The Israeli-Palestinian Conflict: is Another Conversation Possible?

The recent exchange between Israeli Prime Minister Netantahu and President Obama did not bode well for the possibility of renewing conversations toward the ultimate goal of a two-state solution in which a state of Israel lives in peace and security with a contiguous Palestinian state.

But against all odds, I believe that conversation can be resumed if both sides will commit to two pre-conditions for conversation. I don’t mean pre-conditions as to what the results of the conversation should be. That is anathema to me because you cannot predict beforehand the results of a genuine conversation. Rather, I refer to two pre-conditions that, if not met up-front, will make it impossible to have a fruitful conversation.

The first pre-condition is that there needs to be general agreement as to the purpose of the conversation. Both Israelis and Palestinians need to agree that the ultimate goal is to create two states that can live in peace and security with one another. It does not appear that this pre-condition has been met.

In brief, in light of the recent reconciliation between the Fatah Party and Hamas, and the official position of Hamas that a state of Israel does not have right to exist, it remains to be seen whether the Palestinian Authority will recognize the right of Israel to exist as a state. To not acknowledge this right is tantamount to rejecting the goal of creating a viable two-state solution, rendering it impossible to re-start a conversation toward that end.

This was Netanyahu’s point when in his recent speech to the U. S. Congress, he said that he will accept a Palestinian state, but he is waiting for Mahmoud Abbas, the President to the Palestinian Authority,  to say, “I will accept a Jewish state.” Netanyahu went on to say that when he hears these six words, “Israel will then be prepared to make a far-reaching compromise.” That remains to be seen. But we will never know if that is possible until there is initial agreement that both Israel and Palestine have a right to exist.

The second pre-condition is that each side not come to the table with fixed, unyielding positions on the issues that need to be discussed. There must be openness on the part of both parties to the possibility of revising one’s initial position on a particular issue in light of the initial position of the other.

Once again, it remains to be seen whether this pre-condition will be met. I illustrate by reporting on what I heard Netanyahu and Obama say relative to the possibility of starting a conversation about borders.

I heard President Obama propose that renewed conversation should start with the prevailing borders before the 1967 Arab-Israeli war, but with adjustments through mutually agreed upon land swaps to take into account Israeli settlements, pointing out that Israel and the Palestinians may have to swap territory on either side of this border to account for the large Jewish settlements that have taken root in the West Bank since 1967.

In his initial response to Obama’s proposal regarding borders, I heard Prime Minister Netanyahu say that for Israel to return to its pre-1967 borders would make it “indefensible,” and, in addition, such a proposal does not take into account what has happened on the ground in the last 44 years.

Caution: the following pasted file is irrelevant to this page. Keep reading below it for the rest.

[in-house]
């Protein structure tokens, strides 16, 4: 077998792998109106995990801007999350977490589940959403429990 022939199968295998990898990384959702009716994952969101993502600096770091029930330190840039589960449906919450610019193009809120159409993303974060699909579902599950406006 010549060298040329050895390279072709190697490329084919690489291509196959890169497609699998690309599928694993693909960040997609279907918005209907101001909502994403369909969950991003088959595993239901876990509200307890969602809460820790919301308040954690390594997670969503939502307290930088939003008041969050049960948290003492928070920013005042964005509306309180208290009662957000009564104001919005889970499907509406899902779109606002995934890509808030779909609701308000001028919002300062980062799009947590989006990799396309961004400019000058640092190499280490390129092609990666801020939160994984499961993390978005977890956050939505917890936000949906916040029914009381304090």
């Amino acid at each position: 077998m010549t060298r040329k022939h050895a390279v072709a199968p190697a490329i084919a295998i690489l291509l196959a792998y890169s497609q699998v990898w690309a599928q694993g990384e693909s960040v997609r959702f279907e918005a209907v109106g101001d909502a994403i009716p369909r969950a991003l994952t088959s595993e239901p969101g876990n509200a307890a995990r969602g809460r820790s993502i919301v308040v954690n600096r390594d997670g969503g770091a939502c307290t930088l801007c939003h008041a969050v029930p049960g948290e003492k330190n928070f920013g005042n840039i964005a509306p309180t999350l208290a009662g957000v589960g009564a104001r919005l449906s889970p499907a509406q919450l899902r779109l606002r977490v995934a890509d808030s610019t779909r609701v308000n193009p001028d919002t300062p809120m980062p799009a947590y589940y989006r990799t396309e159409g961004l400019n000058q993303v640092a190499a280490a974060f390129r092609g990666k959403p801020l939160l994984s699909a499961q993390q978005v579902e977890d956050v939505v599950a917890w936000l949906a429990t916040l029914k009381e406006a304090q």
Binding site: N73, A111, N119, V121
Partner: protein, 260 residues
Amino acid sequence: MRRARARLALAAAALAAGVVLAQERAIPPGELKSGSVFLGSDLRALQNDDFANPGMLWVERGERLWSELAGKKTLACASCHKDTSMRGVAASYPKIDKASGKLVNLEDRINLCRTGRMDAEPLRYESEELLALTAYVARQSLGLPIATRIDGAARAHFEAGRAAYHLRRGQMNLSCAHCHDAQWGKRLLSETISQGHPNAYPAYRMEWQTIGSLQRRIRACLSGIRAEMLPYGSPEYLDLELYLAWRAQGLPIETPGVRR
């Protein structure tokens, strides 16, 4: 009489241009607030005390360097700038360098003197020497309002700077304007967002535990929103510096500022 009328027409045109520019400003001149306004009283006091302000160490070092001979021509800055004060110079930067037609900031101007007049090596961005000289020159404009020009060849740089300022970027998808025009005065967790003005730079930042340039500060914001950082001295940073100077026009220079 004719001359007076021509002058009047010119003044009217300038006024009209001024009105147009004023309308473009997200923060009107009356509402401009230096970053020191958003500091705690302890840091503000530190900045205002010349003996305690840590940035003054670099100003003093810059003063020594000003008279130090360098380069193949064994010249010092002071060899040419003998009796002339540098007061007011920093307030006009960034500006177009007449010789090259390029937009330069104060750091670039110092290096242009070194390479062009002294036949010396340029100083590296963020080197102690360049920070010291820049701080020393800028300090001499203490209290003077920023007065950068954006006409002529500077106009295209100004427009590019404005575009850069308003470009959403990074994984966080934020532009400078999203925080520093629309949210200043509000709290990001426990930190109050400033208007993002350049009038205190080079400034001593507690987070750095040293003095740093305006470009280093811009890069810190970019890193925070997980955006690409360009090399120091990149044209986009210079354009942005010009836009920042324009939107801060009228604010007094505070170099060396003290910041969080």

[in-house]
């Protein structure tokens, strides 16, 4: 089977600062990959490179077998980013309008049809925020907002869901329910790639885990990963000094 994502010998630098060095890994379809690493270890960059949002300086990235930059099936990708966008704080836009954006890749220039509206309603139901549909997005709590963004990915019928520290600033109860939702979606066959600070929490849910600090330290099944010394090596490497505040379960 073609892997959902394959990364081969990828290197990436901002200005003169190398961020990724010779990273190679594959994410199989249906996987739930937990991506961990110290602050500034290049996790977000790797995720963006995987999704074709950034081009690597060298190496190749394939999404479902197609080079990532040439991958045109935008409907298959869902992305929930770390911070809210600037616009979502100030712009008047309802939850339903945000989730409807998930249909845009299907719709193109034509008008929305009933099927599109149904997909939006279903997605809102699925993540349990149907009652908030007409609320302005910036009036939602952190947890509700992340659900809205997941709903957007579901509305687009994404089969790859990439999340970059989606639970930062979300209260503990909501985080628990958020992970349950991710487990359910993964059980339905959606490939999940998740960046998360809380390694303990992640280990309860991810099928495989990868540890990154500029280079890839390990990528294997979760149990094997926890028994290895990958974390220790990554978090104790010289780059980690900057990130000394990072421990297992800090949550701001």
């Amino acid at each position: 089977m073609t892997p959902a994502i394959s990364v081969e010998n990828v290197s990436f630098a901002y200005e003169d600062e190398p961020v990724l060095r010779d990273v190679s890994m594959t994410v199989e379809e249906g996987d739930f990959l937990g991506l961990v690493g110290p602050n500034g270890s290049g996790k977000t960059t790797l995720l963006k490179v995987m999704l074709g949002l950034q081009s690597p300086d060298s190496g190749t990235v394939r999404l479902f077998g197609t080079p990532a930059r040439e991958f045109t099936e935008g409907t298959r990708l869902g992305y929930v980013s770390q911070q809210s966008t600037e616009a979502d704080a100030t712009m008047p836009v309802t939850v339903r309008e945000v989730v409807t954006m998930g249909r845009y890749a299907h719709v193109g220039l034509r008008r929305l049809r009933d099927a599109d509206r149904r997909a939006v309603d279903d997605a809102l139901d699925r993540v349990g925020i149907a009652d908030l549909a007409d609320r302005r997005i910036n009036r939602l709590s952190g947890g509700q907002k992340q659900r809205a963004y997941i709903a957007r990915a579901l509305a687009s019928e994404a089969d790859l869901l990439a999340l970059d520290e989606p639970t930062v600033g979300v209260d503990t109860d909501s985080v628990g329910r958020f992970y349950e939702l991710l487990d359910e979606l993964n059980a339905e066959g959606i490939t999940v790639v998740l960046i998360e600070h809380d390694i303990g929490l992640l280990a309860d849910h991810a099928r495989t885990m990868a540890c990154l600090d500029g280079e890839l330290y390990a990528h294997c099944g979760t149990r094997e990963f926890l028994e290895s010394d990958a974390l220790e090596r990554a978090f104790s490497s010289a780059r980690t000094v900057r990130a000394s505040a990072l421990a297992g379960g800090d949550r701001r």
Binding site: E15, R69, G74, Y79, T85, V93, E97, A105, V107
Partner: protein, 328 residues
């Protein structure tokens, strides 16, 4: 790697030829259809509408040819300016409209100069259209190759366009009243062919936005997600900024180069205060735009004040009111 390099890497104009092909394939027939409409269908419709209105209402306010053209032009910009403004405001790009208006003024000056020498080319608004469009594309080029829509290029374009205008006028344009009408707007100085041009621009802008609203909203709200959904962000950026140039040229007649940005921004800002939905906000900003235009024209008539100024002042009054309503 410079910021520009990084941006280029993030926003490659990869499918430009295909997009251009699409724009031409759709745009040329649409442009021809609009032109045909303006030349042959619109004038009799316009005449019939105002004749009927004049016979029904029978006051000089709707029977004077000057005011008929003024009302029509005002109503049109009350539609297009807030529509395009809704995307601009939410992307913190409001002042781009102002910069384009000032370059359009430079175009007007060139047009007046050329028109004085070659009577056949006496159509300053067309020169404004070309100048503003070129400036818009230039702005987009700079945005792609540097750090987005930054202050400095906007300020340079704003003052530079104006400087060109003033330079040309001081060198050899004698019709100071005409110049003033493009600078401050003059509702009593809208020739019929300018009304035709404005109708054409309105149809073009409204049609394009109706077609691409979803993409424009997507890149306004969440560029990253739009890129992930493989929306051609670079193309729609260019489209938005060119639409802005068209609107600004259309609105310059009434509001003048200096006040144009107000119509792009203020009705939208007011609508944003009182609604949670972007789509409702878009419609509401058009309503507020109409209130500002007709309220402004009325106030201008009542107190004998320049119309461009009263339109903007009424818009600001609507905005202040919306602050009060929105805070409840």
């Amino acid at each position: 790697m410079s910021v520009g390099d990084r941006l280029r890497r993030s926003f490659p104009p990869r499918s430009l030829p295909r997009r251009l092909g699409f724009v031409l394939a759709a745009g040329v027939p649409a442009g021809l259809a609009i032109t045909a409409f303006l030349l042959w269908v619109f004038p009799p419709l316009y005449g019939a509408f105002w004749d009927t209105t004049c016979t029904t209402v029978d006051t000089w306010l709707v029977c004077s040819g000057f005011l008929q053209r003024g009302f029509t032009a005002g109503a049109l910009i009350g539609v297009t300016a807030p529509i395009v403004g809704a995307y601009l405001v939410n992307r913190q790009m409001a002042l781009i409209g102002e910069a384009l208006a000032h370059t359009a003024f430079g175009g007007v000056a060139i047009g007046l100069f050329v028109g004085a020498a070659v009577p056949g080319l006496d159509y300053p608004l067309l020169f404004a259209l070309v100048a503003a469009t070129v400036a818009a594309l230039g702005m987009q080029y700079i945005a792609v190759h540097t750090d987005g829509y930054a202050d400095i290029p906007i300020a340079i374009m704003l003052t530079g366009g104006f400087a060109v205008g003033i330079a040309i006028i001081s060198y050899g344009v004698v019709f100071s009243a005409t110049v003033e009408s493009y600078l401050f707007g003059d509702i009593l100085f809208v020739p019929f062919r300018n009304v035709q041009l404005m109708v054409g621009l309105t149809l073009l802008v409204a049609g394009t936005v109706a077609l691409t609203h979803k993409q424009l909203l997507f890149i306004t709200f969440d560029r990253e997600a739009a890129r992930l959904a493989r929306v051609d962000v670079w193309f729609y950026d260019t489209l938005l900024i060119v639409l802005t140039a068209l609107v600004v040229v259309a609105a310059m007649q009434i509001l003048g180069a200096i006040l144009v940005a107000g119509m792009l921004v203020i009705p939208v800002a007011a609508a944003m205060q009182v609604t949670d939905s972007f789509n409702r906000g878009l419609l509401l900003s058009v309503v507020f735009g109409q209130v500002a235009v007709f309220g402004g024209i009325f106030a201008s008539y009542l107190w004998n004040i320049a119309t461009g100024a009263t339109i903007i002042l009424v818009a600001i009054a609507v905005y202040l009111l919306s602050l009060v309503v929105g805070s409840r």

In this initial exchange, Netanyahue and Obama were obviously talking past each other, because Obama did not say the pre-1967 borders were the end of possible negotiations. Rather, they were a starting point for conversation, with adjustments to be made (mutually agreed upon land swaps) based on what has happened on the ground for the past 44 years.

One journalist called Obama’s proposal for mutually agreed upon land swaps a “nuance” that “Netanyahu simply ignored” (Steven Lee Myers, “Divisions are Clear as Obama and Netanyahu Discuss Peace,” New York Times Reprints, May 20, 2011). But to be fair, I found that many journalists also ignored this nuance in their reporting on this Obama/Netanyahu exchange. Why is that?

It is my perception that nuance does not play well, either in politics or the media. Rather, unyielding fixed positions play well. To rally your political constituents around your position on a controversial issue or to sell airtime or newspapers, stark either/or contrasting fixed positions are taken, allowing little room for talking about nuances that that could lead to a viable middle-of-the road position.

The good news is that in his later speech to the U. S. Congress, Netanyahu did acknowledge this nuance. To be sure, it may be an impossible dream to think that Israel and Palestine can come to “mutual agreement” about such land swaps, and that they can then continue talking about other major areas of disagreement, such as the status of Jerusalem and the return of Palestinian refugees. But first addressing this nuance about borders could at least get the conversation started once again. And, once again, you cannot predict beforehand the results of a genuine conversation.

Despite the apparently intractable nature of the ongoing conflict, I hold tenaciously onto the hope that if both sides will acknowledge the right of both states to exist, and if they will avoid crippling either/or unyielding fixed positions and start talking about what some erroneously dismiss as mere nuances, fruitful conversations can yet begin toward the goal of creating two contiguous states that can live in peace. Hope springs eternal!